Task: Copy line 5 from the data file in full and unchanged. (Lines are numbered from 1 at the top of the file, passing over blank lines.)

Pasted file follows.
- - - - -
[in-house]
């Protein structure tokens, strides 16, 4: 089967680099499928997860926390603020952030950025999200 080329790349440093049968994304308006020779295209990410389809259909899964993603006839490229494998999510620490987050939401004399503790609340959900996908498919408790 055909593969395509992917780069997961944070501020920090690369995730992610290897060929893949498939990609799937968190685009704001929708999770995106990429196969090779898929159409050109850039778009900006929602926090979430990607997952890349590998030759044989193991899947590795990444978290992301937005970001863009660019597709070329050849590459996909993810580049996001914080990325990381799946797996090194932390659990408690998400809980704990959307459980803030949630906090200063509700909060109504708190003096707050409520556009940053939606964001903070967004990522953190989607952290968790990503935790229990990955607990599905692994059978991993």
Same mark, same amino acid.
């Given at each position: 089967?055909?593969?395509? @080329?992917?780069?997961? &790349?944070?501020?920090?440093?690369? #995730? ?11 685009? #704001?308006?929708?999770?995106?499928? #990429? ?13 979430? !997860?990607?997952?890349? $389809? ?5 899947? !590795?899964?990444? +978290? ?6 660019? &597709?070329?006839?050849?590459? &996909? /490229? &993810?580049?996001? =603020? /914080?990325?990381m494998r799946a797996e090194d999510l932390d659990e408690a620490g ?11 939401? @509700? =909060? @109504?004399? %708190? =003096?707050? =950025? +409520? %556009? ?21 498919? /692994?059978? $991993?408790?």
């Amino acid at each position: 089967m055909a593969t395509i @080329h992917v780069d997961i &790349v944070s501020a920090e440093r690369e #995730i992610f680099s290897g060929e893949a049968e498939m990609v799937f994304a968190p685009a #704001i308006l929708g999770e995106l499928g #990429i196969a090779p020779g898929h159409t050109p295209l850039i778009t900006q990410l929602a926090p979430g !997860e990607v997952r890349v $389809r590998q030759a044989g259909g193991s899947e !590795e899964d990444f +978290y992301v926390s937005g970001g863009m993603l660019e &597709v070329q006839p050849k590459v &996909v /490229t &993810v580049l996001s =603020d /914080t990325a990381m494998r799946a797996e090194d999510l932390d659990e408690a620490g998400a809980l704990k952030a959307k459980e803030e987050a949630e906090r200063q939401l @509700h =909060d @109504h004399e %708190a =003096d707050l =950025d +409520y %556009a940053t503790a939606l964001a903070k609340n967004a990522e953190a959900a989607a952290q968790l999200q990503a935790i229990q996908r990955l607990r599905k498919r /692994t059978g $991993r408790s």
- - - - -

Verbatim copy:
């Amino acid at each position: 089967m055909a593969t395509i @080329h992917v780069d997961i &790349v944070s501020a920090e440093r690369e #995730i992610f680099s290897g060929e893949a049968e498939m990609v799937f994304a968190p685009a #704001i308006l929708g999770e995106l499928g #990429i196969a090779p020779g898929h159409t050109p295209l850039i778009t900006q990410l929602a926090p979430g !997860e990607v997952r890349v $389809r590998q030759a044989g259909g193991s899947e !590795e899964d990444f +978290y992301v926390s937005g970001g863009m993603l660019e &597709v070329q006839p050849k590459v &996909v /490229t &993810v580049l996001s =603020d /914080t990325a990381m494998r799946a797996e090194d999510l932390d659990e408690a620490g998400a809980l704990k952030a959307k459980e803030e987050a949630e906090r200063q939401l @509700h =909060d @109504h004399e %708190a =003096d707050l =950025d +409520y %556009a940053t503790a939606l964001a903070k609340n967004a990522e953190a959900a989607a952290q968790l999200q990503a935790i229990q996908r990955l607990r599905k498919r /692994t059978g $991993r408790s």